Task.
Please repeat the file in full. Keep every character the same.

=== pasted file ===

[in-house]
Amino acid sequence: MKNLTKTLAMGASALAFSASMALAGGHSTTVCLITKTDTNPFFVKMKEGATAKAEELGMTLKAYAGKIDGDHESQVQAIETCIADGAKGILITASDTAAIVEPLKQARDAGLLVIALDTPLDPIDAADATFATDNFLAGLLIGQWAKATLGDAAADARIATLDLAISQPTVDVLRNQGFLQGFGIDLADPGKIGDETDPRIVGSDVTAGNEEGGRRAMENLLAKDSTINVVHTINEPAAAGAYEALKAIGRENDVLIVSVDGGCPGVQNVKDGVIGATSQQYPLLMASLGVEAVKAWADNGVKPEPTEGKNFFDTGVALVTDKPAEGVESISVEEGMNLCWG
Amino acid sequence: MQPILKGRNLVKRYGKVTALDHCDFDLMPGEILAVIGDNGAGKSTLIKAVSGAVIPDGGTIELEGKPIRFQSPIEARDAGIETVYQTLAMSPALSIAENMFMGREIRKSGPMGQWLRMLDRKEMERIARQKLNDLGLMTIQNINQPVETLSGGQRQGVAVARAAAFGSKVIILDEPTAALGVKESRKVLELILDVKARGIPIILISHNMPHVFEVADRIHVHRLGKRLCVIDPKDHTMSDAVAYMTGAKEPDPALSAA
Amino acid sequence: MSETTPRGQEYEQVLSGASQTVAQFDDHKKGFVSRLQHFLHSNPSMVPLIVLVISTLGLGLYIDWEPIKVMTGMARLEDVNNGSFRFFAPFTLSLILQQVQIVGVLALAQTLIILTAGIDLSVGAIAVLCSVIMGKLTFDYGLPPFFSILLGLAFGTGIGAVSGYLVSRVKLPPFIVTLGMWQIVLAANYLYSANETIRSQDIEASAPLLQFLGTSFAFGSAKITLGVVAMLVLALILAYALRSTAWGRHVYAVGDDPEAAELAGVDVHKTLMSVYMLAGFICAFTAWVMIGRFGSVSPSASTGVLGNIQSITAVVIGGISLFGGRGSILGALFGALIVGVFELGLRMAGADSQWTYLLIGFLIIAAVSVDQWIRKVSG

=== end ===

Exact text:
[in-house]
Amino acid sequence: MKNLTKTLAMGASALAFSASMALAGGHSTTVCLITKTDTNPFFVKMKEGATAKAEELGMTLKAYAGKIDGDHESQVQAIETCIADGAKGILITASDTAAIVEPLKQARDAGLLVIALDTPLDPIDAADATFATDNFLAGLLIGQWAKATLGDAAADARIATLDLAISQPTVDVLRNQGFLQGFGIDLADPGKIGDETDPRIVGSDVTAGNEEGGRRAMENLLAKDSTINVVHTINEPAAAGAYEALKAIGRENDVLIVSVDGGCPGVQNVKDGVIGATSQQYPLLMASLGVEAVKAWADNGVKPEPTEGKNFFDTGVALVTDKPAEGVESISVEEGMNLCWG
Amino acid sequence: MQPILKGRNLVKRYGKVTALDHCDFDLMPGEILAVIGDNGAGKSTLIKAVSGAVIPDGGTIELEGKPIRFQSPIEARDAGIETVYQTLAMSPALSIAENMFMGREIRKSGPMGQWLRMLDRKEMERIARQKLNDLGLMTIQNINQPVETLSGGQRQGVAVARAAAFGSKVIILDEPTAALGVKESRKVLELILDVKARGIPIILISHNMPHVFEVADRIHVHRLGKRLCVIDPKDHTMSDAVAYMTGAKEPDPALSAA
Amino acid sequence: MSETTPRGQEYEQVLSGASQTVAQFDDHKKGFVSRLQHFLHSNPSMVPLIVLVISTLGLGLYIDWEPIKVMTGMARLEDVNNGSFRFFAPFTLSLILQQVQIVGVLALAQTLIILTAGIDLSVGAIAVLCSVIMGKLTFDYGLPPFFSILLGLAFGTGIGAVSGYLVSRVKLPPFIVTLGMWQIVLAANYLYSANETIRSQDIEASAPLLQFLGTSFAFGSAKITLGVVAMLVLALILAYALRSTAWGRHVYAVGDDPEAAELAGVDVHKTLMSVYMLAGFICAFTAWVMIGRFGSVSPSASTGVLGNIQSITAVVIGGISLFGGRGSILGALFGALIVGVFELGLRMAGADSQWTYLLIGFLIIAAVSVDQWIRKVSG